In a formal letter requesting the EPA to allow Minnesota to be a test state for E85 fuel conversion kits, Governor Pawlenty noted that FlexTek was developed in Brazil and is currently used by more 50,000 vehicles there. Brian McClung, director of communications for the Governor’s office stated “Certainly, using E85 conversion kits would be a great tool to help us meet that (20% E85) goal.”
In an October 2006 article in Ethanol Producer Magazine (, McClung said that expanding E85 use and stations in Minnesota has been challenging because both car companies and oil companies currently require greater demand by consumers before they are willing to make E85 more available. “ The governor has proposed testing the E85 conversion kits as a way to break through the chicken and egg dilemma,” McClung said, noting that Brazil was able to transition to greater ethanol use by using conversion kits.
FlexTek has been the subject of NBC and FOX affiliate newscasts. According to Bill R. Smith, President of XcelPlus Global Holdings, Inc. " We are very excited at the political support and media attention our products are now getting as we pursue EPA certification.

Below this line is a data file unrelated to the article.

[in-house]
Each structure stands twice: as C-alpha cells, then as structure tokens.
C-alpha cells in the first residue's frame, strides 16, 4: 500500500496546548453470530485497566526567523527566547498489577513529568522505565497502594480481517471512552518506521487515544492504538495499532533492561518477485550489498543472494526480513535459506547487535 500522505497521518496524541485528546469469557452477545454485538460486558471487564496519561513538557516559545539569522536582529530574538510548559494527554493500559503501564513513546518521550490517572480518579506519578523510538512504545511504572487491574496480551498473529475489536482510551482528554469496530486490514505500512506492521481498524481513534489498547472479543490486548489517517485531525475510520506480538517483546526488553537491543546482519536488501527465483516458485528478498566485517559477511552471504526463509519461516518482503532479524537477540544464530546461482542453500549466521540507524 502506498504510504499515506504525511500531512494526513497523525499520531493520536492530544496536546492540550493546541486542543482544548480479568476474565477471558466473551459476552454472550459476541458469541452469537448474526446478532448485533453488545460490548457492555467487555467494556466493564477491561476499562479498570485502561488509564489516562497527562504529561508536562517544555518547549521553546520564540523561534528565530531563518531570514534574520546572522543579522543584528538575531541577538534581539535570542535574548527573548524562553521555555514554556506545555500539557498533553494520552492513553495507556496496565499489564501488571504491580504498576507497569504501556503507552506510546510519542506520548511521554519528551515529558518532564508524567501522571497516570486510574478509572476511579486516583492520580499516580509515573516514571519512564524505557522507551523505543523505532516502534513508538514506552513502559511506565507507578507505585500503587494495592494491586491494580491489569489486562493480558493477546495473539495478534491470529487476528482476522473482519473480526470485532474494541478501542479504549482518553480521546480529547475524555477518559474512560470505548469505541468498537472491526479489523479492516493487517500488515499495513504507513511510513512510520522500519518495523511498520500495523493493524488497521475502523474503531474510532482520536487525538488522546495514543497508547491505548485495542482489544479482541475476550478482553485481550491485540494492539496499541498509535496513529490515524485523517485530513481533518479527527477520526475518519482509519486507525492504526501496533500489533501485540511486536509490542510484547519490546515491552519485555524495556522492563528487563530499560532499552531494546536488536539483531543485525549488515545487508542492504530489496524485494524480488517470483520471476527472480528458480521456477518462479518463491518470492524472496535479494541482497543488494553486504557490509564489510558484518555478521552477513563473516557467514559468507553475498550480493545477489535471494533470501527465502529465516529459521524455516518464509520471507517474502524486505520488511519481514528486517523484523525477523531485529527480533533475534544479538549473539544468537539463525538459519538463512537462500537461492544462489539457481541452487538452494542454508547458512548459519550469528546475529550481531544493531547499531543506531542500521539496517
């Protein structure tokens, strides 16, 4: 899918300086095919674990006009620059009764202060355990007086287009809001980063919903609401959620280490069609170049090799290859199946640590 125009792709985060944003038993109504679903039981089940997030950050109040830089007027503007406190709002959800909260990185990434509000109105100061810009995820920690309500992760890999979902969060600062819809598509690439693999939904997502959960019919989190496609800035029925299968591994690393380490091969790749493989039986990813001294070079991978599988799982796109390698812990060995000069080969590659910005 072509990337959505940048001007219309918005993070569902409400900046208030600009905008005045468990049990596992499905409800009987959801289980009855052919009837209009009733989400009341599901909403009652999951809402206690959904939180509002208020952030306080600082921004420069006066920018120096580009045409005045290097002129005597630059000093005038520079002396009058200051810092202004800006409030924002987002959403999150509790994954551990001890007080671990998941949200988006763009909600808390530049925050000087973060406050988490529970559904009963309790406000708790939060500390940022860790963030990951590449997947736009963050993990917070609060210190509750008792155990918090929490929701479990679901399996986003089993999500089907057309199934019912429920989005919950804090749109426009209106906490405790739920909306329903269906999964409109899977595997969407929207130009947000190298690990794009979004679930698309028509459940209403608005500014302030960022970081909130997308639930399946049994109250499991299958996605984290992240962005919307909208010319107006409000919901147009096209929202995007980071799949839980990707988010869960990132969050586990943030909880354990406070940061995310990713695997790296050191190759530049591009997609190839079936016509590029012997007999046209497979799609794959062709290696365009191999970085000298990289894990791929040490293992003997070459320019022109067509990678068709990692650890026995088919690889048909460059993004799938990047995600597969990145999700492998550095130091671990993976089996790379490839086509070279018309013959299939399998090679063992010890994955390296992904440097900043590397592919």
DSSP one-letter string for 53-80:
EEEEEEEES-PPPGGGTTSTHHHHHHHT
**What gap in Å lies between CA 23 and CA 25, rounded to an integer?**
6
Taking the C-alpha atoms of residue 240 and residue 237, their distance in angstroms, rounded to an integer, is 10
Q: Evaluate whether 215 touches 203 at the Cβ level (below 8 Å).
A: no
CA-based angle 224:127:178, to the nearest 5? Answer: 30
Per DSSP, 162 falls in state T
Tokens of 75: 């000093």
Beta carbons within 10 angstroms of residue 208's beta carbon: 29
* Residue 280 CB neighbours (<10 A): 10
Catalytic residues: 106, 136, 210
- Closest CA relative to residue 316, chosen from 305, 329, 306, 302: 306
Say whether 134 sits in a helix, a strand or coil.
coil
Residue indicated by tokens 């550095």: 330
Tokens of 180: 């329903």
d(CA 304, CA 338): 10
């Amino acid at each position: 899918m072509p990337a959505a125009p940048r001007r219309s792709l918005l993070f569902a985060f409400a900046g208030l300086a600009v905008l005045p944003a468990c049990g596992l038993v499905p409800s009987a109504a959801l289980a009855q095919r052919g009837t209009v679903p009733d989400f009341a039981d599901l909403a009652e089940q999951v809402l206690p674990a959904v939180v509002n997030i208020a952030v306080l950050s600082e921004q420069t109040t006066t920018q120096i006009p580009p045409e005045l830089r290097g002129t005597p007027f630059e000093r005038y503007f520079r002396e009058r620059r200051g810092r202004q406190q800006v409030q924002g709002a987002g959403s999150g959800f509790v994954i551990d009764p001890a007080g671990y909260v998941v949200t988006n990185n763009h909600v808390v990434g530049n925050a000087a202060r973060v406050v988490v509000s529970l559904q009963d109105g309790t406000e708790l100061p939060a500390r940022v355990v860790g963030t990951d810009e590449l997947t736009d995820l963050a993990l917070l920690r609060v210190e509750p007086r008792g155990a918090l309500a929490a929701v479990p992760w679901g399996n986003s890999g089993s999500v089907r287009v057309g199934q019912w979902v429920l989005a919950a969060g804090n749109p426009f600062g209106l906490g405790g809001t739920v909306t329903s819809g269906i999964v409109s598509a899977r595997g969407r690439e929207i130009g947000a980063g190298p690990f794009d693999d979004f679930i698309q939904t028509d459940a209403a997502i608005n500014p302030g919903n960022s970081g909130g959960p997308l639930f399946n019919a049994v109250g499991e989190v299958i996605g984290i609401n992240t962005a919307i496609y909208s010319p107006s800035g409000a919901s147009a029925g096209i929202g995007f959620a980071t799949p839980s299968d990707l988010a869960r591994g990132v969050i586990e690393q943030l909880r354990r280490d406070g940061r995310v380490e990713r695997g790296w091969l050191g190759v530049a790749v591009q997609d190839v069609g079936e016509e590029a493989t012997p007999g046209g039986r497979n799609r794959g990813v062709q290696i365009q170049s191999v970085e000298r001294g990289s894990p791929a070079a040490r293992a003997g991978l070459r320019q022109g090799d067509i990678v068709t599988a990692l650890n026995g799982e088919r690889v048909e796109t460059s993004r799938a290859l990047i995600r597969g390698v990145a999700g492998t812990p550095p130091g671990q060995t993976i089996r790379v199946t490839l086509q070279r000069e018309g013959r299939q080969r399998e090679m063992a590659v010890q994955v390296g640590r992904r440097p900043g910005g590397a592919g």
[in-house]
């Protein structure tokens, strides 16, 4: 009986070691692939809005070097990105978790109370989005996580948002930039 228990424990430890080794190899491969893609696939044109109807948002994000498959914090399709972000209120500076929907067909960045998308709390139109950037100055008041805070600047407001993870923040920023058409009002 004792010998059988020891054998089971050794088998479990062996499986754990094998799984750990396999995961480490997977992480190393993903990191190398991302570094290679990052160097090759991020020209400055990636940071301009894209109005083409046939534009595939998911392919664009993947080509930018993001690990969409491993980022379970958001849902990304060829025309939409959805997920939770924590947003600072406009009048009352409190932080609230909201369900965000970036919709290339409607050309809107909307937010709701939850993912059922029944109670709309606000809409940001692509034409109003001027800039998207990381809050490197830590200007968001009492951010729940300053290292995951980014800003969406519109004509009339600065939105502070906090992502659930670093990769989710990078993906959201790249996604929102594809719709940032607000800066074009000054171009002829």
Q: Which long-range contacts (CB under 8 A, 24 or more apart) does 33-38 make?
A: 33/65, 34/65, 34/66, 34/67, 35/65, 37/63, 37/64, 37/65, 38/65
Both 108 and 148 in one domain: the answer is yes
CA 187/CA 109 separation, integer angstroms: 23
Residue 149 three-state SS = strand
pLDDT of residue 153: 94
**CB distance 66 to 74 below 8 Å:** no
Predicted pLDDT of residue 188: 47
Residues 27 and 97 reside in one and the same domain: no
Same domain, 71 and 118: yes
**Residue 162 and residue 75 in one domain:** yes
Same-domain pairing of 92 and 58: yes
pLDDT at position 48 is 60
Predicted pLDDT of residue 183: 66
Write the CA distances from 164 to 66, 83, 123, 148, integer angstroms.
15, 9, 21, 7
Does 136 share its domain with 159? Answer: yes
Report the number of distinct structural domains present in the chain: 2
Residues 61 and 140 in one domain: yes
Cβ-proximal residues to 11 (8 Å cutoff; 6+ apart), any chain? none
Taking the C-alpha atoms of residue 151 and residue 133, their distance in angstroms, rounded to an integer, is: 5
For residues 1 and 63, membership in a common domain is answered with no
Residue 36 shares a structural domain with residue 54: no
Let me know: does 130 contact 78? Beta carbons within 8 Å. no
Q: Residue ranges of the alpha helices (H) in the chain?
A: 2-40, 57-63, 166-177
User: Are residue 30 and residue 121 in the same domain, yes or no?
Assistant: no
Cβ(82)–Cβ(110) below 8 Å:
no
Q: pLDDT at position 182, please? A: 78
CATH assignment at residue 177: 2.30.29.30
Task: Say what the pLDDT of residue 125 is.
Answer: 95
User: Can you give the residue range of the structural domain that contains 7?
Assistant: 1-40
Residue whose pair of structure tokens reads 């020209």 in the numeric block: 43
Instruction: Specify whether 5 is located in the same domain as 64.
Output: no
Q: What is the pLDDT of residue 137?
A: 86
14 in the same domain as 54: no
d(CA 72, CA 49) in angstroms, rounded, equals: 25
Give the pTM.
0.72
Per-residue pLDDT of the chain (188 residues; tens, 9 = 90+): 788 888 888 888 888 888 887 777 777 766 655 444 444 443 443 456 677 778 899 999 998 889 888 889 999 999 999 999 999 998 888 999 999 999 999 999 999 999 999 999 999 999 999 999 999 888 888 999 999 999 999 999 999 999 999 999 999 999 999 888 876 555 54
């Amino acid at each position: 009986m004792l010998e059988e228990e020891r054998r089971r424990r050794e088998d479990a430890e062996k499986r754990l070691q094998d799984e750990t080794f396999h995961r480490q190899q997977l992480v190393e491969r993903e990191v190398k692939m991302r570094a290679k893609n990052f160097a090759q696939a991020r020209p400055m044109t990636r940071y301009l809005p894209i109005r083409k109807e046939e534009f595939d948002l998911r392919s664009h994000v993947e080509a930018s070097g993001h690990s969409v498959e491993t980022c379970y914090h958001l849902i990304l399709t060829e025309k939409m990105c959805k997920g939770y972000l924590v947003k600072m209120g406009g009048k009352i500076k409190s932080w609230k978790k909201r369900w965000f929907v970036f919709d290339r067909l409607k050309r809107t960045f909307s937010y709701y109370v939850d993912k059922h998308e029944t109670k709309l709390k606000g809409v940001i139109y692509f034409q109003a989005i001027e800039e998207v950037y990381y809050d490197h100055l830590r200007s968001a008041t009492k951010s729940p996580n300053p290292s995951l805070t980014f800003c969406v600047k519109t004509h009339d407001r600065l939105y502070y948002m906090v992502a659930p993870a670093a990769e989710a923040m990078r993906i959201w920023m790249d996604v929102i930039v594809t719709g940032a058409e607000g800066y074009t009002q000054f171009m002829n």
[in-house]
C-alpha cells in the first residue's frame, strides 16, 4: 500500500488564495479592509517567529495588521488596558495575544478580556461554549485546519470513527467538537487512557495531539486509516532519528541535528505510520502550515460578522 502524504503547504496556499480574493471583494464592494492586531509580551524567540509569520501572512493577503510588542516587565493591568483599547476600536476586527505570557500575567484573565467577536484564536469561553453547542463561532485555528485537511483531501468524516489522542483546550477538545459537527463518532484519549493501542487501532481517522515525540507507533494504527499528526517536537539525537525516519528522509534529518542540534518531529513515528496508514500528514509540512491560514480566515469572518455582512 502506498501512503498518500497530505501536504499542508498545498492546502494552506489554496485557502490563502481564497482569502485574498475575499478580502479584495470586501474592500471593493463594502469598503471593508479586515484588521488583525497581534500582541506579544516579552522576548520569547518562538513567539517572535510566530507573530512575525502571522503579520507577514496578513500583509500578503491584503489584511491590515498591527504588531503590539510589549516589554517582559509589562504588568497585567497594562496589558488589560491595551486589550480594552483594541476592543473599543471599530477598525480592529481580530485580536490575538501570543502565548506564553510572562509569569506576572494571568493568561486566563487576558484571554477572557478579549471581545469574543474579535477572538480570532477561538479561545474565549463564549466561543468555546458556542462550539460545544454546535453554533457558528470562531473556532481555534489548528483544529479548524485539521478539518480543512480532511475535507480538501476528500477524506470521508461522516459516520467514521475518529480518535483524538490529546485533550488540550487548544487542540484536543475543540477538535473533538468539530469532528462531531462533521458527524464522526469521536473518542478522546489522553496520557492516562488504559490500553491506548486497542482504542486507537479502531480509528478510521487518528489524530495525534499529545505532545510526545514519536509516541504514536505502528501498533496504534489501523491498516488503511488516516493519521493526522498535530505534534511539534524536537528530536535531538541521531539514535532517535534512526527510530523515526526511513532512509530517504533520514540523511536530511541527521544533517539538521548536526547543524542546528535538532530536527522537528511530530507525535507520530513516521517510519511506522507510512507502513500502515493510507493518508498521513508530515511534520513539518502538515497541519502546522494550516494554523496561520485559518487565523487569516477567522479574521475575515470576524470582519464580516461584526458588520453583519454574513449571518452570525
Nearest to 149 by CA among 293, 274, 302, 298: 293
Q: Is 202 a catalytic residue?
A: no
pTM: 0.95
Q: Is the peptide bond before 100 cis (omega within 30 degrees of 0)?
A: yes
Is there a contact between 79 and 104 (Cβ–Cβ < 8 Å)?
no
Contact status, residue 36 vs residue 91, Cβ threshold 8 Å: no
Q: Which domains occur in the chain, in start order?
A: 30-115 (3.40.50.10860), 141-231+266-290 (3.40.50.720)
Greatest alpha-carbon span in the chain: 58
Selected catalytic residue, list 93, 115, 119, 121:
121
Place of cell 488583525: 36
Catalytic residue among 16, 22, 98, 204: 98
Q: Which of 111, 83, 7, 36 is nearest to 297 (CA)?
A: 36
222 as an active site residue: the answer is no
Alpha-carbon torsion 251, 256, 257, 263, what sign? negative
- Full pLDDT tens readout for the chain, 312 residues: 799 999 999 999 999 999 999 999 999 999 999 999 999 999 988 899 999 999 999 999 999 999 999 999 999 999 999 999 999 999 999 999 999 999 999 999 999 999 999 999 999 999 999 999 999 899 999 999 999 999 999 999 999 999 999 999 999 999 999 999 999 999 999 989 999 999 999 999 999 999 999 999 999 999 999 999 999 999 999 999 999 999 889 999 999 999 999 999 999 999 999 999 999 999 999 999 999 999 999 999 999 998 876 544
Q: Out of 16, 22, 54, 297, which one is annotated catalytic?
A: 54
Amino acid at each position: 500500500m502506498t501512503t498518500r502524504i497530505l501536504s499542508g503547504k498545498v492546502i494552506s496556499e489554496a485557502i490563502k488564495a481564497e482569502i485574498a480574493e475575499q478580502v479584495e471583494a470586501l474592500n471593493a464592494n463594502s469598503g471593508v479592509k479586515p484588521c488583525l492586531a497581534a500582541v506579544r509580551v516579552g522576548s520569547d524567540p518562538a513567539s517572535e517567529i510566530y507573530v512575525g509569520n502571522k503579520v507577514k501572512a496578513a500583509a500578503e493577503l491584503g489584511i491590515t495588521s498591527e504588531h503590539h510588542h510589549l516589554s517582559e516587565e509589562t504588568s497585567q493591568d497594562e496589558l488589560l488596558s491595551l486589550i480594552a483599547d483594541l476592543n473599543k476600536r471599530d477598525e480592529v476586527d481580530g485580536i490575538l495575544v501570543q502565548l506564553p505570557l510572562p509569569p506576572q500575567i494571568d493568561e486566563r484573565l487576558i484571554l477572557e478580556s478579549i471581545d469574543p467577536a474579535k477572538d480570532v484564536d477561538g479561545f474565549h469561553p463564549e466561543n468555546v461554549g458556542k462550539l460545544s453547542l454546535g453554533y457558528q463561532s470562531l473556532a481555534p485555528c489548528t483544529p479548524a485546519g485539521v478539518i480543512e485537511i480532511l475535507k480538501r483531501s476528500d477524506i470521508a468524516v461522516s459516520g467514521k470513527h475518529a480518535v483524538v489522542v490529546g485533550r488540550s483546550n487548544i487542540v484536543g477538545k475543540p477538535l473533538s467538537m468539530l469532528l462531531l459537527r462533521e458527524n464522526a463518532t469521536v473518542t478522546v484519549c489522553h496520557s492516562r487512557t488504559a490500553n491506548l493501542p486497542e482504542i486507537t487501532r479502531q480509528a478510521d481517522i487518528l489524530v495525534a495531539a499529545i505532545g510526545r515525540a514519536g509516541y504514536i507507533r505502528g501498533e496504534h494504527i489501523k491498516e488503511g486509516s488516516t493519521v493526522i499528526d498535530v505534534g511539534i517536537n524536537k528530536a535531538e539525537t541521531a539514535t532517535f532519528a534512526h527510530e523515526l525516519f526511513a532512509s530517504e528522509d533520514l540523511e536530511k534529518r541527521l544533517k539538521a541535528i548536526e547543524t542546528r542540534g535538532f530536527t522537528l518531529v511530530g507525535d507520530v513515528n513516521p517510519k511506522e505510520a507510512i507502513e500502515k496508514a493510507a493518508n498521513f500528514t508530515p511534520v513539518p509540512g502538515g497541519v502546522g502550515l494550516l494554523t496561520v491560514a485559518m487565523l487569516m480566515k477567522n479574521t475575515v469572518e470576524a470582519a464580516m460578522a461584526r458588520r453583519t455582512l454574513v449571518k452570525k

XcelPlus Global Holdings markets its technologies through strategic trading partners including XcelPlus International Inc (Other OTC:XLPI.PK - News) which manufactures and markets the Flextek, as well as a line of automobile alternative fuel and chemical products.

The Elections and Alternative Power

November 10, 2006 12:12 PM | 0 Comments

The outcome of the elections this week triggered a period of what will surely be a power-sharing effort, what with the Dems taking the 4-year rule out from the Republicans.

But in all of this “power-sharing” I can’t help but wonder, beyond the changes we will see in Iraq, immigration reforms, etc – will we see a change in power, and by power I mean alternative power resources?

The people have spoken and it’s clear that the administration wants to do things. We are in an era of change and the pendulum has certainly gone the other way. Perhaps it’s not out of the ordinary to assume that, with this change, maybe there will be a focus on our own resources for alternative fuels?

Maybe the government will push for a more widespread availability of E85. Maybe we’ll invest more in “greener” energies. Maybe we’ll live to tell the next generation about how we removed our dependency on foreign fuels and started to rely on our own?


It’s too early to tell what will happen. The focus is primarily on foreign affairs, the war in Iraq and other reforms. But, as a person who utilizes wind and hydropower as a supplier for my own home, I hope that we will also see a change in the energy and fuel sector as well.

Gov. Schwarzenegger offered some positive commentary on a grant to the state of California for 15 public E85 stations furnished by the DoE.